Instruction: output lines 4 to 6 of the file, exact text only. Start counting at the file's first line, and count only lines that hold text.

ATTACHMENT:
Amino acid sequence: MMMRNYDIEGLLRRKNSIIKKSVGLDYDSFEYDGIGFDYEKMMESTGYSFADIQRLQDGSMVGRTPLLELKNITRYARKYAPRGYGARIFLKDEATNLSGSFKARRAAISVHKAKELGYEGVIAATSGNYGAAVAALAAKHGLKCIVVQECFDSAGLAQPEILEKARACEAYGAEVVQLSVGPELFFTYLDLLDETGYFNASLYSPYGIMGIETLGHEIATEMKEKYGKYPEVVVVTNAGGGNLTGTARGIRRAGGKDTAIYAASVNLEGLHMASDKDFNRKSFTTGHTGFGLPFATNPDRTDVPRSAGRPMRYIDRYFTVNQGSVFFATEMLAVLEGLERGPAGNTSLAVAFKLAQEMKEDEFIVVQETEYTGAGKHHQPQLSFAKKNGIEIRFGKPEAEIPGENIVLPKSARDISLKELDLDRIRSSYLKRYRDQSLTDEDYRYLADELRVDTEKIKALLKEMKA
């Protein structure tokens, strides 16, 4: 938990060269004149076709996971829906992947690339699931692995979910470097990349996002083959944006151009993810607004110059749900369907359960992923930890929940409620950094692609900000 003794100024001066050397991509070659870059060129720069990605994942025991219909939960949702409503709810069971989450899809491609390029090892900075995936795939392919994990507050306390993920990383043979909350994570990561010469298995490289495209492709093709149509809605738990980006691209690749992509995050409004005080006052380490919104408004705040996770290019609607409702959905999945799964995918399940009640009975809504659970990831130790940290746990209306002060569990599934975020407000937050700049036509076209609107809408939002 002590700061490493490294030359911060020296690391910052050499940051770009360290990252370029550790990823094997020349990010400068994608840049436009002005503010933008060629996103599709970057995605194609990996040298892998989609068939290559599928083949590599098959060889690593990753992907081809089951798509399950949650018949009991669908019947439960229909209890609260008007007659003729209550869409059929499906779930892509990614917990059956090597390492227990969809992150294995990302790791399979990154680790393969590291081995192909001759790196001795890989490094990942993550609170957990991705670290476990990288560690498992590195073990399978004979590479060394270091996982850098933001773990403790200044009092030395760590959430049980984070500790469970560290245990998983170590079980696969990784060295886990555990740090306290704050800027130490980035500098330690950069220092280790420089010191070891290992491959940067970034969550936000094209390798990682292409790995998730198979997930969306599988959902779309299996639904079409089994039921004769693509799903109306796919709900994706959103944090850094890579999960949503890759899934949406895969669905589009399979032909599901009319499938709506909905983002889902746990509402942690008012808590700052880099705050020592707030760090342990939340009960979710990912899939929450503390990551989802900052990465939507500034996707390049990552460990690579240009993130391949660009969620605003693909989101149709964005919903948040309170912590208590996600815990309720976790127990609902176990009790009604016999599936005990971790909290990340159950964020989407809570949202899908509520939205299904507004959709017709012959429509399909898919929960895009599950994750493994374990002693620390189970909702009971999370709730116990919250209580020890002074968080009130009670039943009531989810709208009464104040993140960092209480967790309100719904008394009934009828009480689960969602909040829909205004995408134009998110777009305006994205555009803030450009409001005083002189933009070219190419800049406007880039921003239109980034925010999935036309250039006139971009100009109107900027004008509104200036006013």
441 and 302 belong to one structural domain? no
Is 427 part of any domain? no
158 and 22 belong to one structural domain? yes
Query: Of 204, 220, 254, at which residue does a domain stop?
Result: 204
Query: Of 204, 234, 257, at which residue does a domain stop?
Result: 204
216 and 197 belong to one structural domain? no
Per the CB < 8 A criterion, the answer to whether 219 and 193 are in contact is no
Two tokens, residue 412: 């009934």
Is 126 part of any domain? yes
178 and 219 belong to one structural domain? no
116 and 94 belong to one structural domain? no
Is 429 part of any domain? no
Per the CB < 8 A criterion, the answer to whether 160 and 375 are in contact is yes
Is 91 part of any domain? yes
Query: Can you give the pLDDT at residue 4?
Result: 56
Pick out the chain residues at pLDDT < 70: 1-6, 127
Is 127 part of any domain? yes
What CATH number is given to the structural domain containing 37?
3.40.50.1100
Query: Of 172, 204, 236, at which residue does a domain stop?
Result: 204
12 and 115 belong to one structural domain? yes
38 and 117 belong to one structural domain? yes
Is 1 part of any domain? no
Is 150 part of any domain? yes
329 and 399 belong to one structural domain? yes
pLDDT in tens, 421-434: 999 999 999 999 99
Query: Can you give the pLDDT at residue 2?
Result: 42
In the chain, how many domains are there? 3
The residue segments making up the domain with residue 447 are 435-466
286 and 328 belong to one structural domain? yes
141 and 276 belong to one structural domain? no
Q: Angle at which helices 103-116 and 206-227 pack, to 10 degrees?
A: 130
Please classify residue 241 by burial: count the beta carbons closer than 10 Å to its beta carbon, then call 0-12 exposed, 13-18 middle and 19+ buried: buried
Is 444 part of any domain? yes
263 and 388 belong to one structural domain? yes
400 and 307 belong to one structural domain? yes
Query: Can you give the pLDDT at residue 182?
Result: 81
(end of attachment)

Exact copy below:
Is 427 part of any domain? no
158 and 22 belong to one structural domain? yes
Query: Of 204, 220, 254, at which residue does a domain stop?